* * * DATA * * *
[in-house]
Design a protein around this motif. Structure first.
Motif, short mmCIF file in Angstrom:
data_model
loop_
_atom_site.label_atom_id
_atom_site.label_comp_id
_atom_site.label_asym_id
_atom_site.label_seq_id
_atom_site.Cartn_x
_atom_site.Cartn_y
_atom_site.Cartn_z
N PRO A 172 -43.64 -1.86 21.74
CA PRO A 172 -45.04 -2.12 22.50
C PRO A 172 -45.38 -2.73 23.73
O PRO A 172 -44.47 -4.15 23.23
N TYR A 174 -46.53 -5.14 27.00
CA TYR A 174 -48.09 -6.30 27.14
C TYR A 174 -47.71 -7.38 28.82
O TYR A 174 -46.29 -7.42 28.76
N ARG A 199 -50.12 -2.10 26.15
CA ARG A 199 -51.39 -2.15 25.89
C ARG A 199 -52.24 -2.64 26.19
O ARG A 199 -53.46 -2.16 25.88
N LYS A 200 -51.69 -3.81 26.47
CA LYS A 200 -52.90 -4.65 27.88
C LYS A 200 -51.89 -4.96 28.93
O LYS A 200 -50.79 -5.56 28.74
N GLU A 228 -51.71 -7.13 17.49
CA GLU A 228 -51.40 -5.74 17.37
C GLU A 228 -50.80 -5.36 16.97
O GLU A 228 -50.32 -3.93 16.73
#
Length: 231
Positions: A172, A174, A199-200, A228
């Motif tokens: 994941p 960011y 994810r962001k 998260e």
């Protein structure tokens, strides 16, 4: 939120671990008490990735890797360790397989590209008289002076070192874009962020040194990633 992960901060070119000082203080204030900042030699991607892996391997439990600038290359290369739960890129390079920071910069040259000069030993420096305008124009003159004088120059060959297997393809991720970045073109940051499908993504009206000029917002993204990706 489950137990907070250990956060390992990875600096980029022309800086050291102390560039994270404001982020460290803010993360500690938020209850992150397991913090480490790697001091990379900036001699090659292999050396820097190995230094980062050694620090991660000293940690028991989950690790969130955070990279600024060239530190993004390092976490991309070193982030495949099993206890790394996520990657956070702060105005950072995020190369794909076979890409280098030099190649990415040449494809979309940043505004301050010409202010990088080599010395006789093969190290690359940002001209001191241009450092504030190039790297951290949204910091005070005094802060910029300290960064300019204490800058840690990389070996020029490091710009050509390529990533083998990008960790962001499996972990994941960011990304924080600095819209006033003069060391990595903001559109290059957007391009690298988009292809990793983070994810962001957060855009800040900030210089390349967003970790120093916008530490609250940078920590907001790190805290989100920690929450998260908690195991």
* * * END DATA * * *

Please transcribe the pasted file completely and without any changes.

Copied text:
[in-house]
Design a protein around this motif. Structure first.
Motif, short mmCIF file in Angstrom:
data_model
loop_
_atom_site.label_atom_id
_atom_site.label_comp_id
_atom_site.label_asym_id
_atom_site.label_seq_id
_atom_site.Cartn_x
_atom_site.Cartn_y
_atom_site.Cartn_z
N PRO A 172 -43.64 -1.86 21.74
CA PRO A 172 -45.04 -2.12 22.50
C PRO A 172 -45.38 -2.73 23.73
O PRO A 172 -44.47 -4.15 23.23
N TYR A 174 -46.53 -5.14 27.00
CA TYR A 174 -48.09 -6.30 27.14
C TYR A 174 -47.71 -7.38 28.82
O TYR A 174 -46.29 -7.42 28.76
N ARG A 199 -50.12 -2.10 26.15
CA ARG A 199 -51.39 -2.15 25.89
C ARG A 199 -52.24 -2.64 26.19
O ARG A 199 -53.46 -2.16 25.88
N LYS A 200 -51.69 -3.81 26.47
CA LYS A 200 -52.90 -4.65 27.88
C LYS A 200 -51.89 -4.96 28.93
O LYS A 200 -50.79 -5.56 28.74
N GLU A 228 -51.71 -7.13 17.49
CA GLU A 228 -51.40 -5.74 17.37
C GLU A 228 -50.80 -5.36 16.97
O GLU A 228 -50.32 -3.93 16.73
#
Length: 231
Positions: A172, A174, A199-200, A228
């Motif tokens: 994941p 960011y 994810r962001k 998260e």
């Protein structure tokens, strides 16, 4: 939120671990008490990735890797360790397989590209008289002076070192874009962020040194990633 992960901060070119000082203080204030900042030699991607892996391997439990600038290359290369739960890129390079920071910069040259000069030993420096305008124009003159004088120059060959297997393809991720970045073109940051499908993504009206000029917002993204990706 489950137990907070250990956060390992990875600096980029022309800086050291102390560039994270404001982020460290803010993360500690938020209850992150397991913090480490790697001091990379900036001699090659292999050396820097190995230094980062050694620090991660000293940690028991989950690790969130955070990279600024060239530190993004390092976490991309070193982030495949099993206890790394996520990657956070702060105005950072995020190369794909076979890409280098030099190649990415040449494809979309940043505004301050010409202010990088080599010395006789093969190290690359940002001209001191241009450092504030190039790297951290949204910091005070005094802060910029300290960064300019204490800058840690990389070996020029490091710009050509390529990533083998990008960790962001499996972990994941960011990304924080600095819209006033003069060391990595903001559109290059957007391009690298988009292809990793983070994810962001957060855009800040900030210089390349967003970790120093916008530490609250940078920590907001790190805290989100920690929450998260908690195991």